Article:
Rene Descates and John Locke

John Locke were both philosophers of the 17th century. Descartes was a rationalist in the way that he thought and wrote about. A rationalist used reasoning to gain knowledge. John Locke on the other hand, was an empiricist in the way he philosophized and taught. An empiricist used senses and experiences. These philosophers, being a rationalist and empiricist, were very different in the way they saw life and knowledge, but they had some similarities as well in the way that they thought.

Being of two different groups of philosophers, the rationalists and empiricists, John Locke and Rene Descartes were very different in the beliefs they had; however, as different as they may be there were some similarities that were shared by both of these seventeenth century philosophers. First and most importantly, the biggest similarity that they shared was the fact that they were not skeptics. In other words, they both believed knowledge can be gained by humans. In addition, both of them separated the mind and the body to be two different things or concepts of a living being.

For Descartes, mind was for thinking and reasoning and body was just matter or substance. For Locke mind was used for reflection or self-examination of oneself and the body was used for getting knowledge through its senses. For example, Locke says “it is past doubt that men have in their minds several ideas. ” This is an example of how he says and believes the mind works in a human being and gives those ideas which are ultimately reflections. Descartes when he begins to write first states that he is going to doubt everything and then search for the truth. He first establishes himself.

He writes “…I could imagine I had no body, and that there was no world nor or any place that I occupied, but that I could not imagine for a moment that I did not exist. ” This is where he starts to identify his self. He goes on to say the very well-known phrase “I think therefore I am. ” This is the first truth he presents. He pretty much says that he exists. Then he goes on to identify other truths that he finds. He ultimately finds the biggest truth and says that there is a God that exists. He says the God is almighty, all knowing and perfect in every way.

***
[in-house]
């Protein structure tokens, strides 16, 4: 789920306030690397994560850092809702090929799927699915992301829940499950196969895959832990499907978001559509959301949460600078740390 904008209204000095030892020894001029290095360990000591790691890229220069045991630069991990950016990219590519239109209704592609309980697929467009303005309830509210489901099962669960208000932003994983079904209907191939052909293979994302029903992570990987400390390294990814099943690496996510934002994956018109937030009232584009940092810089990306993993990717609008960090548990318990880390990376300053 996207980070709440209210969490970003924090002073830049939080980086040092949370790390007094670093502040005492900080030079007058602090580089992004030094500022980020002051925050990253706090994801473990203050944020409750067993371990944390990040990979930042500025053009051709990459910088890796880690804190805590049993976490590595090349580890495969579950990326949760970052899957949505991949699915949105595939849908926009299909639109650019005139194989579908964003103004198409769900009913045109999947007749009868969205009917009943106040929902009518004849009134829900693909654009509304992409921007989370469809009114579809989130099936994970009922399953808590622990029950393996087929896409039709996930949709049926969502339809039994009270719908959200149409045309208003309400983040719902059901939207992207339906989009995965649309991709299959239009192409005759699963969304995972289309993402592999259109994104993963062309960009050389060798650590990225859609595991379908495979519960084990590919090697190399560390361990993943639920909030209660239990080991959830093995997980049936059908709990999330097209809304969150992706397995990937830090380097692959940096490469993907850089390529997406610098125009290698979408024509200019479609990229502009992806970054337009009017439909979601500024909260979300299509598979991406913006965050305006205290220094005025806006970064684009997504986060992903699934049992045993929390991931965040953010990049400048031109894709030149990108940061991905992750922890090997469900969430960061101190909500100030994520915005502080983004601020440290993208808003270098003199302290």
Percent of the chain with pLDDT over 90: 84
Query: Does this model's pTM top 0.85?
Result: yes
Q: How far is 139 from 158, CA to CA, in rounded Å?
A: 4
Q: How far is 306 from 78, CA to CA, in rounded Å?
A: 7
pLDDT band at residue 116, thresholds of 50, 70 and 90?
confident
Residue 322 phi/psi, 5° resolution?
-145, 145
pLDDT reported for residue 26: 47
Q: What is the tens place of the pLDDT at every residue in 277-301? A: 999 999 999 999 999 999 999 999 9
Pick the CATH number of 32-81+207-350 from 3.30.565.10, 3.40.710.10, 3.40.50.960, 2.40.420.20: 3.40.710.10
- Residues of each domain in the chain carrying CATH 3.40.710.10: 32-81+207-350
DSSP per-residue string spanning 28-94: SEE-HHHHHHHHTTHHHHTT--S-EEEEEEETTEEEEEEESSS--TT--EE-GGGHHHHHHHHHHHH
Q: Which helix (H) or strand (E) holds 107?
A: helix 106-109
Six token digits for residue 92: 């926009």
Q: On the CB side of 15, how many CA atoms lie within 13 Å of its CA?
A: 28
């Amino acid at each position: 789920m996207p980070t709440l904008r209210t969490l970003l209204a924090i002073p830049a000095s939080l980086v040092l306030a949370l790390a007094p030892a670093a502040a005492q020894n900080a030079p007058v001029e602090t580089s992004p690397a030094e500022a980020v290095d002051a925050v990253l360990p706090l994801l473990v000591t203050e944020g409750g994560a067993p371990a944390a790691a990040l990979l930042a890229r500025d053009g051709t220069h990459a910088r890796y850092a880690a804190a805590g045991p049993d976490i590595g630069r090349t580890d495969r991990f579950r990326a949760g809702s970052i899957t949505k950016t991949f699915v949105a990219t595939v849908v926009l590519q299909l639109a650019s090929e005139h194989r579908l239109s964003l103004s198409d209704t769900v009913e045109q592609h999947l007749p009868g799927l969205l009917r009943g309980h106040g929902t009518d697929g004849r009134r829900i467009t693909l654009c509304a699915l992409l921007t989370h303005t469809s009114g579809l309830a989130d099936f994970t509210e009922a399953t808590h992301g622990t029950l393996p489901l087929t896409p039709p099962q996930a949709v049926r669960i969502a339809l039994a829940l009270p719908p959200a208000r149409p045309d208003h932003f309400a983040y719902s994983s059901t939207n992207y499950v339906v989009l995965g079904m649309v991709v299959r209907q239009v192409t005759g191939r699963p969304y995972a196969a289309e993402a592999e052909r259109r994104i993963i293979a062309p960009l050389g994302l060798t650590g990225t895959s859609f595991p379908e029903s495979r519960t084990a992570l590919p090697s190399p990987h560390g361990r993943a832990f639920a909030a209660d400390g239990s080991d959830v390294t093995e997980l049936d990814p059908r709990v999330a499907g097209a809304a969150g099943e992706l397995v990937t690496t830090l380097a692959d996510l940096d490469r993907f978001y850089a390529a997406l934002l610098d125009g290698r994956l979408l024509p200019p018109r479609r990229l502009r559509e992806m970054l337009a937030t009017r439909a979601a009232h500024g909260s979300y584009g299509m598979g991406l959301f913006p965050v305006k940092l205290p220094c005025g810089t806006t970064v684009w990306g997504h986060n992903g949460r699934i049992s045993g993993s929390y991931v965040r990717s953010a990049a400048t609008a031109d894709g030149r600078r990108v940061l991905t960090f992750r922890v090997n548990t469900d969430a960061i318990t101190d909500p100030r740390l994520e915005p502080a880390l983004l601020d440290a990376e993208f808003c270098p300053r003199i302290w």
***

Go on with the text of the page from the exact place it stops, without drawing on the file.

Upon stating the existence of God he says that everything we and do are true. In his writing, he states this when he says “…that all those things which we conceived very clearly and very distinctly are true, is known to be true only because God exists…” and he goes on to say that this is true because everything we have comes from God and that he cannot be wrong. The reason as to why Descartes writes this is to get people to understand one thing. That people are a thinking substance and that because we are thinking we have the ability to reason.

He says that “…we should never allow ourselves to be convinced except on the evidence of our reason. ” This is how Descartes views self; it is a living substance that has the ability to reason and think and therefore it should. John Locke’s first words on his paper Of Ideas in general, and their Original is “Idea is the object of thinking. ” This statement is a perfect way to summarize what Locke believes. Locke in his writing writes about how all ideas then come from experience. He then goes on to describe that there are two ways of achieving experience.

One of them is reflection or self-examination and the other is through your senses. Locke uses these two concepts of experience to ultimately describe what he feels self is. He understands self not to be a reasoning body, but a blank paper. In other words, people are not born knowing anything. They acquire knowledge through the experiences that they go through in life. For example, a person when born does not know that fire is hot, but if he tries to touch it and gets burned he will have learned that it is hot. This is one example of how Locke sees people molding themselves to be who they are.

He says “Men are differently furnished with these, according to the different objects they converse with. ” This essentially summarizes the meaning of the fire example. In addition, he writes “These, when we have taken a full survey of them, and their several modes, combinations, and relations…” He implies that our minds start to take these experiences and make them into ideas and then combine ideas to make bigger ideas and so on. All in all, John Locke regards the self to be born and be like a blank piece of paper and when grown he expects it to be a byproduct of its experiences.

In fine, both of these writers had similarities even though they were part of two very different groups of philosophers. They had similarities such as, the fact that they were skeptics and that they separated the mind and body and these were the places where they found the most disagreement. In other words, they both believed knowledge was attainable but disagreed how and they both believed mind and body were different, but had different duties for them. Both these writers, even though they are very different, have made huge impacts in the field of philosophy and in life in general.